Georgia’s Long-Silent Liberals Come Out for a Congressional Race

In How We Behave, Voting On
- Updated

MARIETTA, Ga. — Jen Cox bit her tongue for years about her progressive views for fear of hurting her real estate business.

“I felt very concerned about talking about my politics in any way, shape or form,” said Ms. Cox, who lives and works in a Republican-heavy suburban milieu north of Atlanta, where people don’t confess to being Democrats until after a couple of glasses of Pinot Grigio at a dinner party.

That changed with the election of President Trump. Once-shy liberals were jolted. Some joined women’s marches in January, and many here have become active in grass-roots groups, galvanized by a special election this month to fill a vacant House seat that has long been in Republican hands.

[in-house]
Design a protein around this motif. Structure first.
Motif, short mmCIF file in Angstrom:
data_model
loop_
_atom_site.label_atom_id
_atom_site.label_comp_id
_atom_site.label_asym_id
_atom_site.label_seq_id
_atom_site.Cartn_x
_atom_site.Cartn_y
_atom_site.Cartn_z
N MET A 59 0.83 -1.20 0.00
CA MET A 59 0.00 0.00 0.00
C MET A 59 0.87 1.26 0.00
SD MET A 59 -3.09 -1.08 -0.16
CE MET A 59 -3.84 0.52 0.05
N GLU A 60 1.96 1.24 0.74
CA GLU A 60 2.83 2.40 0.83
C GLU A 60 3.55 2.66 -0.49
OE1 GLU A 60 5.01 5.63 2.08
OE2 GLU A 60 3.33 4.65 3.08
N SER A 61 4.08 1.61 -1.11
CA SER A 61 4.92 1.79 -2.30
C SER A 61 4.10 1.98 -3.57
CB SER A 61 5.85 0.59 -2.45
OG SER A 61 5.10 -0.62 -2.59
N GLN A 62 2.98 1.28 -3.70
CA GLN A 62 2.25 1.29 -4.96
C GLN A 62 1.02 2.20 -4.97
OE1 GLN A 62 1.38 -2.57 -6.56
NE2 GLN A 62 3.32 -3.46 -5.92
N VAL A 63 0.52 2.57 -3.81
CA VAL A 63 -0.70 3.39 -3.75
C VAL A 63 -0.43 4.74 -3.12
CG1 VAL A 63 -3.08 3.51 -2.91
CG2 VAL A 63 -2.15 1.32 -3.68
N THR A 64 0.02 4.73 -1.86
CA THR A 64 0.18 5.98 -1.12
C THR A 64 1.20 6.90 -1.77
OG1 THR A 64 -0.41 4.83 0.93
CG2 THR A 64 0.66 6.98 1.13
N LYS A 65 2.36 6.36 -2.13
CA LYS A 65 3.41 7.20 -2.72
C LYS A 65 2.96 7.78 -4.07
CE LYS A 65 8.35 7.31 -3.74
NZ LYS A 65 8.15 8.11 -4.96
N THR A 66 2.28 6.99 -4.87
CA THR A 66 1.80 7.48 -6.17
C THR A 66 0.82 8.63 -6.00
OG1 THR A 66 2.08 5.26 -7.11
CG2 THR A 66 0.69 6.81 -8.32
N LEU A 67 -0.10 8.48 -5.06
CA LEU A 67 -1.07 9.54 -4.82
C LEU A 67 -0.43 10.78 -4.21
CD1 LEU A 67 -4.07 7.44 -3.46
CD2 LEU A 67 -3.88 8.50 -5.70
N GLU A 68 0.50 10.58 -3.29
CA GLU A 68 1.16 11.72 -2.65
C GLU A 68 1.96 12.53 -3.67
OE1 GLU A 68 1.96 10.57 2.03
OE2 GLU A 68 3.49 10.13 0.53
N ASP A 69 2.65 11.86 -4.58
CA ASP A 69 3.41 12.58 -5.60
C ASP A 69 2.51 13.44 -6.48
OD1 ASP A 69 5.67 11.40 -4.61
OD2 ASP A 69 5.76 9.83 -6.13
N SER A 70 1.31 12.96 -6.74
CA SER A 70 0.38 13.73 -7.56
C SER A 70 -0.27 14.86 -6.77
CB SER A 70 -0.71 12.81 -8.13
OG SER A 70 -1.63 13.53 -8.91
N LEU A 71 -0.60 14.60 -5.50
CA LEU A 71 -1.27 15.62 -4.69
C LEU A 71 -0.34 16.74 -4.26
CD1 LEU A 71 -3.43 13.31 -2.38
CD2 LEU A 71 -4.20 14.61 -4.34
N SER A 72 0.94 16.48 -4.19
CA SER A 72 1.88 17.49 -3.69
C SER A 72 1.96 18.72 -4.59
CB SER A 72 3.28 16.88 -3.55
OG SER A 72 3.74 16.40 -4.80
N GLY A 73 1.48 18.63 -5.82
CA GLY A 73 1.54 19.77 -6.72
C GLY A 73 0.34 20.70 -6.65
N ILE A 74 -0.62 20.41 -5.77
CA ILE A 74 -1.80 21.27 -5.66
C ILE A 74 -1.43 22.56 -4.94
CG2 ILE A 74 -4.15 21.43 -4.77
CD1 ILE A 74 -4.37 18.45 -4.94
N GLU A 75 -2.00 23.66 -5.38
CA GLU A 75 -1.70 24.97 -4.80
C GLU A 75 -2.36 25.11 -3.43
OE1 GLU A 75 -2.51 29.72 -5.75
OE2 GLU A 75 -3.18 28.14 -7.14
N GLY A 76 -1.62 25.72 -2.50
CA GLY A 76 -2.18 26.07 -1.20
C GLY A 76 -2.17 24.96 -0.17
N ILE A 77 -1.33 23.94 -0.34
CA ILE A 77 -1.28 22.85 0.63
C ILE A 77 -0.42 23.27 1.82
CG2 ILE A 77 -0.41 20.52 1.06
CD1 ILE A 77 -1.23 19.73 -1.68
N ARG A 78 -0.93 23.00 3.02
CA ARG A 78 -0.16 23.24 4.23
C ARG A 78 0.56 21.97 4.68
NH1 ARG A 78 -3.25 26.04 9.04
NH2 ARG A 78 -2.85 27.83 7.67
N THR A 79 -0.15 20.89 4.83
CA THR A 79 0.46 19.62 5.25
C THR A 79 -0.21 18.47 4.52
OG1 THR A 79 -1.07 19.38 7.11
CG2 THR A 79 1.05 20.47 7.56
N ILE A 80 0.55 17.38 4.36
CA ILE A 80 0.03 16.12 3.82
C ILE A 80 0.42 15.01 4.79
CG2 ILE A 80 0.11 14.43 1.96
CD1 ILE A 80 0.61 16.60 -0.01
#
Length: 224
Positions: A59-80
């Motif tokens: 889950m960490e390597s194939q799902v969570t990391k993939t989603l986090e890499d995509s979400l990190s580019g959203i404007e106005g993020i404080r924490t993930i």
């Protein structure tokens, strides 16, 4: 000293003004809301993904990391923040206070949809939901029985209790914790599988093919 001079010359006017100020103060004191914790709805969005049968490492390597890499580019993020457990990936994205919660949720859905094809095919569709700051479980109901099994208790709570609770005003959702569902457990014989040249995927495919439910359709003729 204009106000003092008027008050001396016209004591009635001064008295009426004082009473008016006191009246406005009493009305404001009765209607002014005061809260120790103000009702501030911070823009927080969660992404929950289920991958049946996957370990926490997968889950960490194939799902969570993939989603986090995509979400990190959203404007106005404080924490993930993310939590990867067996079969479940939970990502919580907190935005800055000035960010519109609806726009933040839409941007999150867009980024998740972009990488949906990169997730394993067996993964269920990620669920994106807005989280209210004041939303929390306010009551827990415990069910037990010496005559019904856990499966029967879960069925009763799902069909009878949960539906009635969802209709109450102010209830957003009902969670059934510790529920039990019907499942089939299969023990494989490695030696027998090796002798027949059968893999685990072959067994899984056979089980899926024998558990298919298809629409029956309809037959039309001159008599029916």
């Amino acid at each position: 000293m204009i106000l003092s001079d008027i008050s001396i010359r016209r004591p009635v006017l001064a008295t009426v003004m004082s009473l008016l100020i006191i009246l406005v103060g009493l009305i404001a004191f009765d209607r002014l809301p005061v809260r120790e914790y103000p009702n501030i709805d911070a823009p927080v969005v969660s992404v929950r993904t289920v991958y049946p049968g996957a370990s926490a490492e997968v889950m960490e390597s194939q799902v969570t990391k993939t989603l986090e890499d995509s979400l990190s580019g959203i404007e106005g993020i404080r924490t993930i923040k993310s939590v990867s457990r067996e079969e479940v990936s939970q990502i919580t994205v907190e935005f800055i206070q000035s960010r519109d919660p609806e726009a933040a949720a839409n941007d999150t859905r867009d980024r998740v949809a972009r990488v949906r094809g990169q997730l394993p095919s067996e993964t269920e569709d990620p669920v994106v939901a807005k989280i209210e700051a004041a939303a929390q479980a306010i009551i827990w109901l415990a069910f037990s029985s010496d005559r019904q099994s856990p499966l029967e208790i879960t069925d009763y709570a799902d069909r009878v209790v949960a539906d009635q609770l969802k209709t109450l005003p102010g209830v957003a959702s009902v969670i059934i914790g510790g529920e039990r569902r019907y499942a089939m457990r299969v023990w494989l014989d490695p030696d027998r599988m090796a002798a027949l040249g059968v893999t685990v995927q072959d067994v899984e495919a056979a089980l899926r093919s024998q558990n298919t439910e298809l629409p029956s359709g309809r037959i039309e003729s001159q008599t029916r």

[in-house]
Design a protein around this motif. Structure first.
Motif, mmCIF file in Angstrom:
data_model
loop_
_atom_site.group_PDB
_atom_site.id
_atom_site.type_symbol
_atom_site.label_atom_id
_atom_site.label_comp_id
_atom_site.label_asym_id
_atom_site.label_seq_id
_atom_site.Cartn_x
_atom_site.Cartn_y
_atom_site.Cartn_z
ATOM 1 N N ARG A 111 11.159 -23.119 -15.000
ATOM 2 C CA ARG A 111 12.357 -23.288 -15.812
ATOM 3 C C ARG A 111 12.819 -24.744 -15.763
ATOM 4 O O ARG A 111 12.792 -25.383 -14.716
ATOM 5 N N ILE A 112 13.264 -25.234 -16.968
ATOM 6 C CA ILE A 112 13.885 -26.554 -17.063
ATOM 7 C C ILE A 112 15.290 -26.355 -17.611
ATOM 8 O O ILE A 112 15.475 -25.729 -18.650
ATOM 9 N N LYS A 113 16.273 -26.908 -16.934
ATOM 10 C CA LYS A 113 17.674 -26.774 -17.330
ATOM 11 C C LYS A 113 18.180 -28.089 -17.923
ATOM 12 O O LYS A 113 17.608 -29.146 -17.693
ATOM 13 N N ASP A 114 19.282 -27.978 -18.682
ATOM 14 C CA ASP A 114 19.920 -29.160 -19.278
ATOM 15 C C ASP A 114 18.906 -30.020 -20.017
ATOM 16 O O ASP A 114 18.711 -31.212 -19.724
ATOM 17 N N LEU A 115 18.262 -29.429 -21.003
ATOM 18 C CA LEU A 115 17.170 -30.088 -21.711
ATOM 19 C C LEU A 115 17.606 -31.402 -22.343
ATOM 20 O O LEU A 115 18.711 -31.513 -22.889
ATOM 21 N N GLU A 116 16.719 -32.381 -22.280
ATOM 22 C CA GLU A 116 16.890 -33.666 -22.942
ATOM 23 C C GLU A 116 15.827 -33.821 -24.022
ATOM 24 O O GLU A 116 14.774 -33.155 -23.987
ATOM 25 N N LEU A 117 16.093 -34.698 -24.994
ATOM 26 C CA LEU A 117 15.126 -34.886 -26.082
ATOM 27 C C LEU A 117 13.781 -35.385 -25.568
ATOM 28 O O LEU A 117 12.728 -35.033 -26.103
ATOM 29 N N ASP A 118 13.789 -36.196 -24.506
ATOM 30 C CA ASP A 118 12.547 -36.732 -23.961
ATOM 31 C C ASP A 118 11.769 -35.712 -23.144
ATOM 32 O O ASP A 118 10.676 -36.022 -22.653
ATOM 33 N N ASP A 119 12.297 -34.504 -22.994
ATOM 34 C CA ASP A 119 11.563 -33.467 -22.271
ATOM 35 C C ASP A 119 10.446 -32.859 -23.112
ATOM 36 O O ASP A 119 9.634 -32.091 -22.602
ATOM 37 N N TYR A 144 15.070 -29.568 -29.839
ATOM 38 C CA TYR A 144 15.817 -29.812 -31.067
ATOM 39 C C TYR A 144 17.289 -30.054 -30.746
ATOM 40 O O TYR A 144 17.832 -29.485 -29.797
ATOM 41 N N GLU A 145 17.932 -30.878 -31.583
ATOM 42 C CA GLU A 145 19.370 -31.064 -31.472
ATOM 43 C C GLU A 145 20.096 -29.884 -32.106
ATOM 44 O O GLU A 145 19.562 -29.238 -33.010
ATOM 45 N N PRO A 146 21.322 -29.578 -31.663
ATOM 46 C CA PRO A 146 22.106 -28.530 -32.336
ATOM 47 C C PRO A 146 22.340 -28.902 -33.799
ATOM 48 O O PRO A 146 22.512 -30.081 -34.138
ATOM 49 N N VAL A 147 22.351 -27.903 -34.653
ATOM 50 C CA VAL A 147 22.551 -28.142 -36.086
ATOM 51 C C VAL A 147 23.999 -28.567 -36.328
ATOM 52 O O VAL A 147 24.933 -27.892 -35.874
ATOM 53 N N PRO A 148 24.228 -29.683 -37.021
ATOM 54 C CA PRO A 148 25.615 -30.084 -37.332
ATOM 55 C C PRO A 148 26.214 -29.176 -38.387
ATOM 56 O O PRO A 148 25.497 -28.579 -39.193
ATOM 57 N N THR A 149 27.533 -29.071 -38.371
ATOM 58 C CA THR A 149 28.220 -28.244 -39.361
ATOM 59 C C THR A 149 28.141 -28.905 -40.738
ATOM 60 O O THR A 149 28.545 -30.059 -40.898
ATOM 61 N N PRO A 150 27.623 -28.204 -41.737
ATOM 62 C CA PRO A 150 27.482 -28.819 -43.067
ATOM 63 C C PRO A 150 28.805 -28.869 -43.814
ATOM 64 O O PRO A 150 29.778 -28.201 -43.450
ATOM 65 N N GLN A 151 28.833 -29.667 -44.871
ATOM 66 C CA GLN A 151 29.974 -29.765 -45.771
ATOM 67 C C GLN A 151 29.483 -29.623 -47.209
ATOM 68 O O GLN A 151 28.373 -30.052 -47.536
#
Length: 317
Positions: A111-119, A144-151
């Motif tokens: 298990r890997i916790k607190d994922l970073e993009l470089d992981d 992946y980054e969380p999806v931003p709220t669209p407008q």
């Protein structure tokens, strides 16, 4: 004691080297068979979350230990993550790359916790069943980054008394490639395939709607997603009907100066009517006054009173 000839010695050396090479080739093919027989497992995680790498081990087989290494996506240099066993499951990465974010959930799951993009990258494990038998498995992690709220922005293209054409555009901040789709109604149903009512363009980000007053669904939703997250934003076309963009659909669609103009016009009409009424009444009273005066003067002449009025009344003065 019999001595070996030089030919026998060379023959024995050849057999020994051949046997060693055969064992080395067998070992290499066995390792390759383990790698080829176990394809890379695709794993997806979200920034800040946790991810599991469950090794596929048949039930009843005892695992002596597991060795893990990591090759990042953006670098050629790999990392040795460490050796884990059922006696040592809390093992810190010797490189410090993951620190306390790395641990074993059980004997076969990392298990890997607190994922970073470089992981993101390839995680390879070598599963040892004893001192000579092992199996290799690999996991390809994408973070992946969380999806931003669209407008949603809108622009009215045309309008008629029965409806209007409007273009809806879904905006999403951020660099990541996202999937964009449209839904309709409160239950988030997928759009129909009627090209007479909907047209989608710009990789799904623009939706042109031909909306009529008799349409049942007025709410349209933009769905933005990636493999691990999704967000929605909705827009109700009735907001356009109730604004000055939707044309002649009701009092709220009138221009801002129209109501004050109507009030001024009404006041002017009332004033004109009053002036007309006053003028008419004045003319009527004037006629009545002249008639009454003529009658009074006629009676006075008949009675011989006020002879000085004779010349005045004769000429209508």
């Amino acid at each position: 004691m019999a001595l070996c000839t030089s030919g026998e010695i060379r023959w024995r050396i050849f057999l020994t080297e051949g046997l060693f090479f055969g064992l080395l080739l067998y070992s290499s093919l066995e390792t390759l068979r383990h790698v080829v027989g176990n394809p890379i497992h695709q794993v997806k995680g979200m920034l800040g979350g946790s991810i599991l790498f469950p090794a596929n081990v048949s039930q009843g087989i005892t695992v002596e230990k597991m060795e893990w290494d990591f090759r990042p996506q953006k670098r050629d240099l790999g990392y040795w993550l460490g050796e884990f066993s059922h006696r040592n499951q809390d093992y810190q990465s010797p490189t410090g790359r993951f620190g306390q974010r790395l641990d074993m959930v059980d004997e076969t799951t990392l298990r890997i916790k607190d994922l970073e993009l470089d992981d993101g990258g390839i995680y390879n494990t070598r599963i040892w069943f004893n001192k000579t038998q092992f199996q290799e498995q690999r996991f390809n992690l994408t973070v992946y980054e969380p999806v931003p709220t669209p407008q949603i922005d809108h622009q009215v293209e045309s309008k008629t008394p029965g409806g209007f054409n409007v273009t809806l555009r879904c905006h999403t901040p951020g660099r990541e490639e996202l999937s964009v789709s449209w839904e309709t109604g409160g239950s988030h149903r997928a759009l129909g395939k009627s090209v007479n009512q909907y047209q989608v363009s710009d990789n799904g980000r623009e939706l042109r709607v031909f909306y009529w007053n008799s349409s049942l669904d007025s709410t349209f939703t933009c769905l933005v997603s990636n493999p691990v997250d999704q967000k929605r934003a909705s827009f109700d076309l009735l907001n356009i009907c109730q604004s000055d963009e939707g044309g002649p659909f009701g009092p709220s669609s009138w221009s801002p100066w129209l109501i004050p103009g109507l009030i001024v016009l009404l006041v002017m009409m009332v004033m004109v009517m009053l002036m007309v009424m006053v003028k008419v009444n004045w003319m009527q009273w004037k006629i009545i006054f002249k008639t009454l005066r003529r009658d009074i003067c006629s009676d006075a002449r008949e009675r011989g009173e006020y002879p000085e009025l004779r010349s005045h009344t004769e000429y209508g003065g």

Ms. Cox co-founded the group PaveItBlue to mobilize volunteers to elect the leading Democrat in the race, Jon Ossoff. Within three weeks, 1,000 people joined.

. . .

“There was just this stigma of being a Democratic voter in Georgia,” she said. There was also a reluctance to broadcast her support because of the strong hostility toward Mrs. Clinton. Mr. Trump’s election ended that.

“I’m all for balance, I’m just not for crazy,” Ms. Jones said.

Ms. Cox asked if she would like an Ossoff yard sign. Yes, said Ms. Jones. She pointed to a spot near the mailbox.

Read full article

You may also read!

The Secrets of ‘Cognitive Super-Agers’

One of my greatest pleasures during the Covid-19 shutdowns


Is Education No Longer the ‘Great Equalizer’?

There is an ongoing debate over what kind of


Even the terrorist threat to the United States is now partisan

Hours after he announced his objection to forming a


Mobile Sliding Menu